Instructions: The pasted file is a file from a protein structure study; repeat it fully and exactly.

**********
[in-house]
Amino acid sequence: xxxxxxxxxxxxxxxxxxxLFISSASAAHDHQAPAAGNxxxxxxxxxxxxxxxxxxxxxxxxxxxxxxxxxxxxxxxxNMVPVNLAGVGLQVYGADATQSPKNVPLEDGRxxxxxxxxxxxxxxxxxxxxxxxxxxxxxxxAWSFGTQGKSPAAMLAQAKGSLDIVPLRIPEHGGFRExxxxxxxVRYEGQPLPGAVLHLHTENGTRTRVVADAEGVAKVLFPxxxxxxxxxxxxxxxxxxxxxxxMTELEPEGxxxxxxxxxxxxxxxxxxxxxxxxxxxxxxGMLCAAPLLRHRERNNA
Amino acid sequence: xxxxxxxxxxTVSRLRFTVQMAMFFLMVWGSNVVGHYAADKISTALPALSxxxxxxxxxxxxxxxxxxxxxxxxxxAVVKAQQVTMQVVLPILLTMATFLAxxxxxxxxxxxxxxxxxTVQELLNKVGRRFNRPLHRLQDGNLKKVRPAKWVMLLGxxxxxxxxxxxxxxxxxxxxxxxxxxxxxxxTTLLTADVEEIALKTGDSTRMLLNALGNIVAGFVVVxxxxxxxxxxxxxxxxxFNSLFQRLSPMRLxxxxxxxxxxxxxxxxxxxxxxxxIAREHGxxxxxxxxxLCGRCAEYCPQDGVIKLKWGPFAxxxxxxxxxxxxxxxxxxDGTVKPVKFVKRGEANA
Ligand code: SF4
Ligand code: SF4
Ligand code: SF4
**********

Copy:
[in-house]
Amino acid sequence: xxxxxxxxxxxxxxxxxxxLFISSASAAHDHQAPAAGNxxxxxxxxxxxxxxxxxxxxxxxxxxxxxxxxxxxxxxxxNMVPVNLAGVGLQVYGADATQSPKNVPLEDGRxxxxxxxxxxxxxxxxxxxxxxxxxxxxxxxAWSFGTQGKSPAAMLAQAKGSLDIVPLRIPEHGGFRExxxxxxxVRYEGQPLPGAVLHLHTENGTRTRVVADAEGVAKVLFPxxxxxxxxxxxxxxxxxxxxxxxMTELEPEGxxxxxxxxxxxxxxxxxxxxxxxxxxxxxxGMLCAAPLLRHRERNNA
Amino acid sequence: xxxxxxxxxxTVSRLRFTVQMAMFFLMVWGSNVVGHYAADKISTALPALSxxxxxxxxxxxxxxxxxxxxxxxxxxAVVKAQQVTMQVVLPILLTMATFLAxxxxxxxxxxxxxxxxxTVQELLNKVGRRFNRPLHRLQDGNLKKVRPAKWVMLLGxxxxxxxxxxxxxxxxxxxxxxxxxxxxxxxTTLLTADVEEIALKTGDSTRMLLNALGNIVAGFVVVxxxxxxxxxxxxxxxxxFNSLFQRLSPMRLxxxxxxxxxxxxxxxxxxxxxxxxIAREHGxxxxxxxxxLCGRCAEYCPQDGVIKLKWGPFAxxxxxxxxxxxxxxxxxxDGTVKPVKFVKRGEANA
Ligand code: SF4
Ligand code: SF4
Ligand code: SF4